Incan Jug and Cup
Trolley
This is the John Bull locomotive, the oldest locomotive in America that can still run. It last did so in 1981.
This is the kitchen studio used by Julia Child for her television show.
Slurpee Cups from the 1970s
National Museum of American History
   I spent five hours in the American History museum, and even then I rushed through several galleries. Some of my favorite exhibits include America on the Move, American Enterprise, and American Stories. The museum is loaded with artifacts from U.S. history, some more obscure than others. Take the George Washington Statue. It is a somewhat bizarre marble figure of George Washington portrayed as a half-naked Greek god with a perfect muscular body the real man never had. In 1832, Congress commissioned Horatio Greenough to sculpt this twelve-ton monstrosity for display in the Capitol rotunda. Unveiled in 1841, it received mixed reactions from the public. Some liked the symbolism of a god-like Washington while others were upset by its upper-body nudity. Clearly the latter opinion won out, because now you find it by the elevators on the second floor of the American History museum and not somewhere in the Capitol.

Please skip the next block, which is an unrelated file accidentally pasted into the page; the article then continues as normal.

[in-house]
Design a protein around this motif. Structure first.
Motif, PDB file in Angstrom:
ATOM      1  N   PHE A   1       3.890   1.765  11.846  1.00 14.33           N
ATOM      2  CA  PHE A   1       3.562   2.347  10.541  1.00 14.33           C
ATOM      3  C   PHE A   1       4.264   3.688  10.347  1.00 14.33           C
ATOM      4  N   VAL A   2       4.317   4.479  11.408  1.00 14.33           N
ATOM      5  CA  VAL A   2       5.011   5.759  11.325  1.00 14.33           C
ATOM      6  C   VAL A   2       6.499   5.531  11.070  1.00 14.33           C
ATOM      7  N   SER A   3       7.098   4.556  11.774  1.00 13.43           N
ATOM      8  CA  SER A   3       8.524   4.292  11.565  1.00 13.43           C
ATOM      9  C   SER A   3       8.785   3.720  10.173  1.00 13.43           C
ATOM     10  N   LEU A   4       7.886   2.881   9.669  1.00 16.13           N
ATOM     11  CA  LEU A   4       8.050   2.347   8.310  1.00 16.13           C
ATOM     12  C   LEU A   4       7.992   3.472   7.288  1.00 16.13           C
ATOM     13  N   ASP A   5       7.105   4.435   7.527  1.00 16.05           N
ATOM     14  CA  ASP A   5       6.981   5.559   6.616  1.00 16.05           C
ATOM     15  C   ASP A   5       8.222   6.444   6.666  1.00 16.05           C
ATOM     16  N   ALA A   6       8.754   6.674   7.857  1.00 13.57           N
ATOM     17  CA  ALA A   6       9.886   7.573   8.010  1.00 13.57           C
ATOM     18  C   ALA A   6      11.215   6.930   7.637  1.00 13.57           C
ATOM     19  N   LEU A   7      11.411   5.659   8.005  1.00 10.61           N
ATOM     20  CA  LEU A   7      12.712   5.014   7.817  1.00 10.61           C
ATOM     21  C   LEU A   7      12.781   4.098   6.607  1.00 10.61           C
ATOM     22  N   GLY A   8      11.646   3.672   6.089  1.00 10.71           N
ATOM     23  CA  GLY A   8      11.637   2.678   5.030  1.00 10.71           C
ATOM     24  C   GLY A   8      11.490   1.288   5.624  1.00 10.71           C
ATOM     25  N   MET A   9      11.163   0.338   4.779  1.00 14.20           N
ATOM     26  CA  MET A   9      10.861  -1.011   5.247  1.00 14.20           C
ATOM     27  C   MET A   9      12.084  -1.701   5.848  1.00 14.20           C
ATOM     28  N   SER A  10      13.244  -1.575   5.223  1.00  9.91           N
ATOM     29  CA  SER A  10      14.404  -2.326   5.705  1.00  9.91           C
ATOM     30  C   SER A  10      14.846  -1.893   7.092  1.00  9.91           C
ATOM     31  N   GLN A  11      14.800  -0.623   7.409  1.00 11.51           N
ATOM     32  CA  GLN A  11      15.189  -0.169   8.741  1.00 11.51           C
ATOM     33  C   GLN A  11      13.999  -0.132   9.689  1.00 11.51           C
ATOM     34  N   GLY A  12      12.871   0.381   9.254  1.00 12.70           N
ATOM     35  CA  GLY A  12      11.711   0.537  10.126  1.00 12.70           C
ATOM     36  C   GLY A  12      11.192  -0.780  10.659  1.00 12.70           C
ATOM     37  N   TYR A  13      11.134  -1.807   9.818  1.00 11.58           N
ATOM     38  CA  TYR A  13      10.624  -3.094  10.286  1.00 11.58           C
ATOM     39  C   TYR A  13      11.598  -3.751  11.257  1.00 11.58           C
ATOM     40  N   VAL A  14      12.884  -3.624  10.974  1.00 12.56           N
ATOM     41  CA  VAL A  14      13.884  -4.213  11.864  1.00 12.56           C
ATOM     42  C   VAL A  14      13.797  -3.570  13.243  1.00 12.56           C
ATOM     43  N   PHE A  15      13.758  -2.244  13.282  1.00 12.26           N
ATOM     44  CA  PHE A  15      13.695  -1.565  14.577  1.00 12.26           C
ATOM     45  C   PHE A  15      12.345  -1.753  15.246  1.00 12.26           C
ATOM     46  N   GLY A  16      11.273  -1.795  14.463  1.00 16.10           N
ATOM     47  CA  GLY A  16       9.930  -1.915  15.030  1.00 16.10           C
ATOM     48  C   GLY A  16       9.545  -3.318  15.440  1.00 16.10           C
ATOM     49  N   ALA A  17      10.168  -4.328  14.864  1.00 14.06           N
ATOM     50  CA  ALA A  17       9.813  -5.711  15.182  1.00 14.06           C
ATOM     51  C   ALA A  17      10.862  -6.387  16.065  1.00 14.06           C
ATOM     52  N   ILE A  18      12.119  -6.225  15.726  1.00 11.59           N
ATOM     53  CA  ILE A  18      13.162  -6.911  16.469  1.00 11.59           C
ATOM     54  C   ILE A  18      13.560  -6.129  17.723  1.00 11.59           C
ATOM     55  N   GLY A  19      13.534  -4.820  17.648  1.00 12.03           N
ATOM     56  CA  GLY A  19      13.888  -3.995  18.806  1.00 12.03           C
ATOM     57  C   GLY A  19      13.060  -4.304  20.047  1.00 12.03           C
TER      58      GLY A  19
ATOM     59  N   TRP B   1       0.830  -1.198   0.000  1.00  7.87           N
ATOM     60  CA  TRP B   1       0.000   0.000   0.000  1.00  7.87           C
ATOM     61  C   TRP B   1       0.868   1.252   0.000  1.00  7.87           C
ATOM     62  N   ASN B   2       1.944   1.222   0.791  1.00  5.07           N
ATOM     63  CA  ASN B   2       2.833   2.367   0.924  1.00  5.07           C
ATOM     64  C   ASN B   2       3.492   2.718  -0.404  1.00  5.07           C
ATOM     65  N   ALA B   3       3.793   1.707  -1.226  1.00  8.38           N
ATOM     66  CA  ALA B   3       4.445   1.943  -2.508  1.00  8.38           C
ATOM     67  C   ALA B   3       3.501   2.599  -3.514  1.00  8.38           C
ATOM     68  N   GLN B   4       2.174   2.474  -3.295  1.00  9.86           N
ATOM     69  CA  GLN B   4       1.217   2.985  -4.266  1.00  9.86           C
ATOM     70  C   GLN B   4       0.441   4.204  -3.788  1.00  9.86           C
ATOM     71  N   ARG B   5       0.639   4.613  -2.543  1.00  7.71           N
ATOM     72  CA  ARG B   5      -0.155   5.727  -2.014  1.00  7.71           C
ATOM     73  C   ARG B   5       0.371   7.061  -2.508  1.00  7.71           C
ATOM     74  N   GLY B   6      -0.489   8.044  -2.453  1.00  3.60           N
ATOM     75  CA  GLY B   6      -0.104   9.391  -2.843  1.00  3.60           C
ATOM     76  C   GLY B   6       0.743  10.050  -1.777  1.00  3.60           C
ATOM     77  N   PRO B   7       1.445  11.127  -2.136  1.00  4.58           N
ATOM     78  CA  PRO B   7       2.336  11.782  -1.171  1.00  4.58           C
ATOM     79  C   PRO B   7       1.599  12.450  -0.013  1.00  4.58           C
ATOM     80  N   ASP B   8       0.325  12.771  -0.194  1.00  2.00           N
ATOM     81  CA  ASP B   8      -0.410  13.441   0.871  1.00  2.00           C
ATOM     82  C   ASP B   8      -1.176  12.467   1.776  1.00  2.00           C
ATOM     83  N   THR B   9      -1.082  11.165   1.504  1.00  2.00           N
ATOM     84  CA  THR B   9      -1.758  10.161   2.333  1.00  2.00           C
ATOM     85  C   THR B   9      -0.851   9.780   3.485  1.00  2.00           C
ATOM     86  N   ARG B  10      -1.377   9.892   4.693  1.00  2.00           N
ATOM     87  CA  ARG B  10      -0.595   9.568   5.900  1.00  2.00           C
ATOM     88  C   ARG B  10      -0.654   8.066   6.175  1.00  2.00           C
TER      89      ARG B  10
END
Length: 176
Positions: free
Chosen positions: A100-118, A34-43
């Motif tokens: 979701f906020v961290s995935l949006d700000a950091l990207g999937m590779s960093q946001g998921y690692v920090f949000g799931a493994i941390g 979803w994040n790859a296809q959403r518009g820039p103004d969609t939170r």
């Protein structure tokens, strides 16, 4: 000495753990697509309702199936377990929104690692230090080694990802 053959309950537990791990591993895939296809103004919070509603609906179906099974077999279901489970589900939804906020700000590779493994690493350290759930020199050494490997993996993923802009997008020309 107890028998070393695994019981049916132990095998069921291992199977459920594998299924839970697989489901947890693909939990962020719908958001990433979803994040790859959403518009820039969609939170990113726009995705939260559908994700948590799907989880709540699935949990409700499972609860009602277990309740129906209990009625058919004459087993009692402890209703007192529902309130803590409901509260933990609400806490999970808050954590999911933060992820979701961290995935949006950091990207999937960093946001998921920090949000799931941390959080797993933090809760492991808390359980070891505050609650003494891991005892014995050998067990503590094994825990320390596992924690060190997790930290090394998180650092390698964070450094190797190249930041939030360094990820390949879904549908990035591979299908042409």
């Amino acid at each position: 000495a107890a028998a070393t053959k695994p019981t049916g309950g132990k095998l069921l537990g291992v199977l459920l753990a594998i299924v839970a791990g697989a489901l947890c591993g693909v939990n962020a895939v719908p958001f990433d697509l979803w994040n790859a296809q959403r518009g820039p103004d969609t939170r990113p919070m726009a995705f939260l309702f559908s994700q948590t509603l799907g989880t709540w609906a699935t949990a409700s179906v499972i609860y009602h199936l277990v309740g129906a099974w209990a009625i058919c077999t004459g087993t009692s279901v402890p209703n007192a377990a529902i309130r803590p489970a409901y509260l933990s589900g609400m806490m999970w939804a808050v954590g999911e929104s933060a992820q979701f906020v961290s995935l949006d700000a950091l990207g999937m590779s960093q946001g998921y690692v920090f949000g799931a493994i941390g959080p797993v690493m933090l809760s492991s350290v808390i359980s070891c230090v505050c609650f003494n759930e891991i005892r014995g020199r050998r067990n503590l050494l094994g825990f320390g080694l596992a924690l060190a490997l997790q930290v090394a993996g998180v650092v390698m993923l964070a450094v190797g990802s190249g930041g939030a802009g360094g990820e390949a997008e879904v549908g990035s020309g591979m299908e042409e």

Other historic objects that caught my attention include Benjamin Franklin’s walking stick, the golden railroad spike used to connect the Union and Central Pacific Railroads that ushered in America’s first transcontinental railway, and two beams from the South Twin Tower brought down in the attacks of September 11, 2001. Surely the most precious object the museum possesses is the Great Garrison Flag that the flew over Fort McHenry during the British attack upon it in 1814. Its refusal to surrender inspired one witness, Francis Scott Key, to write the poem “Star-Spangled Banner.” When last I saw this huge flag (it is 30 by 42 feet), it was in sad shape. A sign noted it was due for restoration. And restore it the museum did. It now resides in a darkened gallery in all its glory where photography is forbidden.
A somewhat unsettling statue George Washington by Horatio Greenough.